All Is Forgiven: The Secular Message in American Protestantism

By Marsha G. Witten | Go to book overview
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Appendix Two


In the spring of 1988, I wrote to pastors of 150 Presbyterian (U.S.A.) churches and 150 Southern Baptist churches in the United States, requesting a recent sermon on Luke 15:11–32. The churches were chosen by drawing a random sample of Presbyterian churches with memberships of over 800 persons from the roster of Presbyterian Church (U.S.A.) congregations (Minutes of the 198th General Assembly, 1986), and for Southern Baptist congregations, by random sampling of churches with memberships of over 1,000 people (drawn for me by the Southern Baptist Sunday School Board). The discrepancy in church size was necessitated by the organization of Southern Baptist records. It does not markedly affect the sample, however, since the majority of churches listed as having a membership of over 800 actually have memberships in excess of 1,000.

In all, twenty-seven Presbyterian and thirty-one Southern Baptist pastors sent a total of seventy-one sermons. Twenty-four of these sermons (thirteen Southern Baptist and eleven Presbyterian) could not be used in this study, for the following reasons: Six were outlines too sketchy to be analyzed; thirteen were manuscripts or tapes from pastors who sent several sermons (in that case, only the first sermon sent by each pastor was used in the analysis); three were tapes of messages that were not on the topic of Luke 15; and two were tapes that contained large sections that were inaudible.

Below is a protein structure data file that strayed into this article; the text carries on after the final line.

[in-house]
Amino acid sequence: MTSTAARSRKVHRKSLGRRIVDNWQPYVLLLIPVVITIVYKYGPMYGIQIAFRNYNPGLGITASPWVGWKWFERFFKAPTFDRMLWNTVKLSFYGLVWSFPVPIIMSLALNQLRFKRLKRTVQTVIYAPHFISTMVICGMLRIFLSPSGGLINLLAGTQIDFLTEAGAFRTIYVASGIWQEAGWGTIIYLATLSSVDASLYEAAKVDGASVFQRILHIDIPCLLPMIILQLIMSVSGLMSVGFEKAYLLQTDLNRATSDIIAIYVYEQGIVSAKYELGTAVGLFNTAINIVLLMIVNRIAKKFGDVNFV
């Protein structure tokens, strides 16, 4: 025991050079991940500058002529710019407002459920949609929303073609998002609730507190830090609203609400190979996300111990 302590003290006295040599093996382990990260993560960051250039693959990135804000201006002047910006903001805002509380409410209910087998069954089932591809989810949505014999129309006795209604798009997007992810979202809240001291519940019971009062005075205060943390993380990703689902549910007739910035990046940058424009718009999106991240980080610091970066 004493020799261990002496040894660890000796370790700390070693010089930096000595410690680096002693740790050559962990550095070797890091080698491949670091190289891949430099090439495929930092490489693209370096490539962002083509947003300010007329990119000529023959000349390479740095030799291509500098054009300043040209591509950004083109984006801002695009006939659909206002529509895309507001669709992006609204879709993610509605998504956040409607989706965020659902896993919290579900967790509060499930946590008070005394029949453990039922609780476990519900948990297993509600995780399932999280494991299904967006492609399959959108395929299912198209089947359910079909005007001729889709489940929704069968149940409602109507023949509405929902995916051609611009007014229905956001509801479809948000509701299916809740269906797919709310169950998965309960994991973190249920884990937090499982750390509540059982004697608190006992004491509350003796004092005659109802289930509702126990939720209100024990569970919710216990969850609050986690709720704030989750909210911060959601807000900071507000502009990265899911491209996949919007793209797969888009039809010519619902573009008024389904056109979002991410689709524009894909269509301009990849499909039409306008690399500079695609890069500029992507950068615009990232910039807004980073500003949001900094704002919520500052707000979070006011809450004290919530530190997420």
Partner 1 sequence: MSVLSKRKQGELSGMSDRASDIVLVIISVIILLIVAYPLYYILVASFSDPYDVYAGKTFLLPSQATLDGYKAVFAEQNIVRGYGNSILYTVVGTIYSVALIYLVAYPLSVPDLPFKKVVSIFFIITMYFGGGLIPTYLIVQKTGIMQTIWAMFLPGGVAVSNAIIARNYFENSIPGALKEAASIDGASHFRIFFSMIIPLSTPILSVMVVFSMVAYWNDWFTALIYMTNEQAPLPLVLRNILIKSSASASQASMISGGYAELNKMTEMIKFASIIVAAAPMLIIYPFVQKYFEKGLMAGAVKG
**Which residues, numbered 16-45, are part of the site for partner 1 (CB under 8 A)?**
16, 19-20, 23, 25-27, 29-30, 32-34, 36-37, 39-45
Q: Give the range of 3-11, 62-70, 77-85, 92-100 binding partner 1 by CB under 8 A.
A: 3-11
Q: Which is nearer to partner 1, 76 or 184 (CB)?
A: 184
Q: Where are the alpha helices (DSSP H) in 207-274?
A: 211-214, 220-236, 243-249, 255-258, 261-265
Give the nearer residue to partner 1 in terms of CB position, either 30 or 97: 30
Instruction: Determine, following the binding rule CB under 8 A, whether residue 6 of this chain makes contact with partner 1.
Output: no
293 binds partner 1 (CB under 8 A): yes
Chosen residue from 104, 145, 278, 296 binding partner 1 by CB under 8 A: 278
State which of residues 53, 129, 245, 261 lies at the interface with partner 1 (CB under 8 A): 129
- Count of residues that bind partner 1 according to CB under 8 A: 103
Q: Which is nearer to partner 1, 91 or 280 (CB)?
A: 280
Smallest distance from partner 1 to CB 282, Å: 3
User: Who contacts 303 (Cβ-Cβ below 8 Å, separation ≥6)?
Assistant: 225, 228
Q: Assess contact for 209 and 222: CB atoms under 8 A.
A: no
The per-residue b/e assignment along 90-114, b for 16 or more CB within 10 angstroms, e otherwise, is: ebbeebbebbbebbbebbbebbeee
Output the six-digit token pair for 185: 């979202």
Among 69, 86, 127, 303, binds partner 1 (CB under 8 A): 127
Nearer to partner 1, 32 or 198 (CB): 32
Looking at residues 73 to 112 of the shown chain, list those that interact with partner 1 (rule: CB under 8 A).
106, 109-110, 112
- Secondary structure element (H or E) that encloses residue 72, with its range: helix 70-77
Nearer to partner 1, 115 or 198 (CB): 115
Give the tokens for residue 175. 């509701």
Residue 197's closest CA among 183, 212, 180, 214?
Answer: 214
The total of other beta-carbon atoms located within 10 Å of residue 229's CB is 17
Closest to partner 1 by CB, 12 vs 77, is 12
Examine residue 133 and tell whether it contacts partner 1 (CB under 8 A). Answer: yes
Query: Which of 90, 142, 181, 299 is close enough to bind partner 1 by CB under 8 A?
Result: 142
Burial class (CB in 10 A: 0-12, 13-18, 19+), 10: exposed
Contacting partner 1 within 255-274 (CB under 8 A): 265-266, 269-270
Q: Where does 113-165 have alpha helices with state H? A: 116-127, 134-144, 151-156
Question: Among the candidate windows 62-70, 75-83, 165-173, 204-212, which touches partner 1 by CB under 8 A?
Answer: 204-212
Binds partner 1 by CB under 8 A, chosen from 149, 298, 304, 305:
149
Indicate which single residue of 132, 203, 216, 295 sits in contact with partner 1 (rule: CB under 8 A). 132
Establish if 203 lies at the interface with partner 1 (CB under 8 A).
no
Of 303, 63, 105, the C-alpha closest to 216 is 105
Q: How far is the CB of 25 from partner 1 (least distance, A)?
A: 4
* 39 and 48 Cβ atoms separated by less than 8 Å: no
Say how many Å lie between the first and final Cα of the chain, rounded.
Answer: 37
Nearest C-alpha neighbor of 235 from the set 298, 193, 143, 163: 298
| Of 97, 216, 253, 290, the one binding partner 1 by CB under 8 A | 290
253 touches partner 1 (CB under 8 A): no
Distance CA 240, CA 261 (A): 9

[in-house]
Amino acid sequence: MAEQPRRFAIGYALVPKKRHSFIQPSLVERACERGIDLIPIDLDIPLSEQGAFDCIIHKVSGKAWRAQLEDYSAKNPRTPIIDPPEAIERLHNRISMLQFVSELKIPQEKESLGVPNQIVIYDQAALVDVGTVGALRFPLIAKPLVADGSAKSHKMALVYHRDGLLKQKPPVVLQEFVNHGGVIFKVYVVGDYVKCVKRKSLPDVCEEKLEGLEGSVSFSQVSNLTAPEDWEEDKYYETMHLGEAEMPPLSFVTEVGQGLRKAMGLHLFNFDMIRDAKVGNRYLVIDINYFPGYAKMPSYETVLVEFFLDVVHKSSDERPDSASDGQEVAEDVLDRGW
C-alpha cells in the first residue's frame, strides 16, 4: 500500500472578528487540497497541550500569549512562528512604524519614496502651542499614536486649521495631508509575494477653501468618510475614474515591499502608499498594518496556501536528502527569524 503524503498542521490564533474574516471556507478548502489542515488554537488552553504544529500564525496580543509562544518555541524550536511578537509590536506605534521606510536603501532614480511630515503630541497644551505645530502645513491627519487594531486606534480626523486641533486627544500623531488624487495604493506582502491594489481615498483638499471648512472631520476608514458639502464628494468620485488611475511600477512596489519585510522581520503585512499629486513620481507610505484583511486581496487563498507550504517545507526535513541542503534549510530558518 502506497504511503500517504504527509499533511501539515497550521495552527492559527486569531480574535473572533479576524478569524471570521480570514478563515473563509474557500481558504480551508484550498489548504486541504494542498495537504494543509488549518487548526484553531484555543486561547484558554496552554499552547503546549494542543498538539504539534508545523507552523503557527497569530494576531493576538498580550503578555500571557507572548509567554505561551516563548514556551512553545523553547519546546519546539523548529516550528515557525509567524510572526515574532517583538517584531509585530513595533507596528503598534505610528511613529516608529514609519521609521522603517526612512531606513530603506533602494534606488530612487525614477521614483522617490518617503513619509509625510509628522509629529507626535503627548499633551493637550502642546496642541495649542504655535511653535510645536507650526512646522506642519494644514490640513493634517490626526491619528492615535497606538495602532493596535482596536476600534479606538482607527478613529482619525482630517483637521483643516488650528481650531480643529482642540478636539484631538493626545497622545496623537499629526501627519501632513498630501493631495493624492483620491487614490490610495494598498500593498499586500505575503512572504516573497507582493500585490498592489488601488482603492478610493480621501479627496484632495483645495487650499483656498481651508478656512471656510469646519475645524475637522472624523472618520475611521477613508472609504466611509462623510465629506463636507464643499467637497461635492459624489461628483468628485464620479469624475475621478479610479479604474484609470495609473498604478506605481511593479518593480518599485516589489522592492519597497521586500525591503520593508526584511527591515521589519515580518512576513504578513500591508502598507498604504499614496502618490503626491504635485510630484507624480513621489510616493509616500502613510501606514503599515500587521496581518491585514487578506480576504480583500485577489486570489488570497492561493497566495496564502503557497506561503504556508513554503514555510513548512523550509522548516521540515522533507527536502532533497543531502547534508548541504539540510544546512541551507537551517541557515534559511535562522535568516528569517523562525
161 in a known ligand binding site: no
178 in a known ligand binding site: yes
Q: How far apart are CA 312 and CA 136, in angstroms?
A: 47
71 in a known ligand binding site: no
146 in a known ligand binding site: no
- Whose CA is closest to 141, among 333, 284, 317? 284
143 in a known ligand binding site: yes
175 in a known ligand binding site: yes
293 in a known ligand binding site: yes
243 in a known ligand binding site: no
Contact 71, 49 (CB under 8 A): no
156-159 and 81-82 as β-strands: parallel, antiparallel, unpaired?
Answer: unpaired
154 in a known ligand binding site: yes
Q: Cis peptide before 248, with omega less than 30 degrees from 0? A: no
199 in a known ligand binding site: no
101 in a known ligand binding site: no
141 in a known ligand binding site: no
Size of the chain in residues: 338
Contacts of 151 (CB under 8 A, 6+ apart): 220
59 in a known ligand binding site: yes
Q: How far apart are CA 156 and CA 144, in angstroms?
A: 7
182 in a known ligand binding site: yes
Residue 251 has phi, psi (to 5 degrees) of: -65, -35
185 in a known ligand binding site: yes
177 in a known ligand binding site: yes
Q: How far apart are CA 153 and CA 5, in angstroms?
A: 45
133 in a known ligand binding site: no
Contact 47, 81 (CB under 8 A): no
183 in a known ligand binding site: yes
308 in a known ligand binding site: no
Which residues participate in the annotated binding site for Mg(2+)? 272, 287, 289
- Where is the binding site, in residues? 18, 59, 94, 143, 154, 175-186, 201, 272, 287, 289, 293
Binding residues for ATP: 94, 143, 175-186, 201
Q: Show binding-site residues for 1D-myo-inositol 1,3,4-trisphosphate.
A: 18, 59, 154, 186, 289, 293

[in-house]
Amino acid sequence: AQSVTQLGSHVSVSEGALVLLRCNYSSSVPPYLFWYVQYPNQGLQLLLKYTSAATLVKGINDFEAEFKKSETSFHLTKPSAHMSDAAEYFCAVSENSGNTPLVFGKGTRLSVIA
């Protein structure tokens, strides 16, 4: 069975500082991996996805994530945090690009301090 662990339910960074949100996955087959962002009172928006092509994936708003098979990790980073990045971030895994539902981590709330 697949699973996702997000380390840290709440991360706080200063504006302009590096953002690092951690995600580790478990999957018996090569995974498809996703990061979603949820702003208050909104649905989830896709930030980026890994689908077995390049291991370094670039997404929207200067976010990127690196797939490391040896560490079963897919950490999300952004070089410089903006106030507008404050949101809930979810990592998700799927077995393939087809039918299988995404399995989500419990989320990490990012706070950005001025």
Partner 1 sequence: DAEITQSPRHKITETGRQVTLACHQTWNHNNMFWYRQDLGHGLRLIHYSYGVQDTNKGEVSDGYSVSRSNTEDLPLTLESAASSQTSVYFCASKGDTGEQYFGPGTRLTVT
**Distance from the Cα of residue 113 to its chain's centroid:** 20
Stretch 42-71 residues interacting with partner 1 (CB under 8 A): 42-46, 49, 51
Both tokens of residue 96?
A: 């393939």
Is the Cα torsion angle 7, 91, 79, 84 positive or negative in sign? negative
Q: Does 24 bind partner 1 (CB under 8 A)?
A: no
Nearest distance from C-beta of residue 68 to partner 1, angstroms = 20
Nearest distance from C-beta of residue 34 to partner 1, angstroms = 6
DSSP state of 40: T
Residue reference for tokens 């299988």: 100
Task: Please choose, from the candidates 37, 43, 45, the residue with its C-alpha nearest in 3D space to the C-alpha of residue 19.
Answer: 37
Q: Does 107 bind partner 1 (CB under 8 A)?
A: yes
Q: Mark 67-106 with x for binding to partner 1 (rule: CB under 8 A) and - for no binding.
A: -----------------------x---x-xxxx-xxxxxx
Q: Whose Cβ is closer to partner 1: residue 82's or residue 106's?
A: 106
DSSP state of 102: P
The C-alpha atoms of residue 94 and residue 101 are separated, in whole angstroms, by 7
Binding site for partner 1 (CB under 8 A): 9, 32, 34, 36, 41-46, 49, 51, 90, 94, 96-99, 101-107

Of the forty-seven usable sermons—twenty-one Southern Baptist and twenty-six Presbyterian—nine arrived in the form of audio tape and were transcribed by an assistant. The rest came in manuscript form or as complete outlines.

In addition to the sermons received, fifty-one Presbyterian and thirty-three Southern Baptist clergy responded to my request for sermons by writing that they had no such sermon on hand.


I used two sets of discourse-analytic procedures in studying the text of the sermons. The first, a procedure that relies on analytical induction, was helpful in the first stages of analysis in identifying major patterns of talk (topics and categories within the topics) that I discuss in chapters three through six (in chapter three, for example, the topic is talk about “God”; the categories are God as daddy, God as sufferer, God as extravagant lover of humankind, and God as


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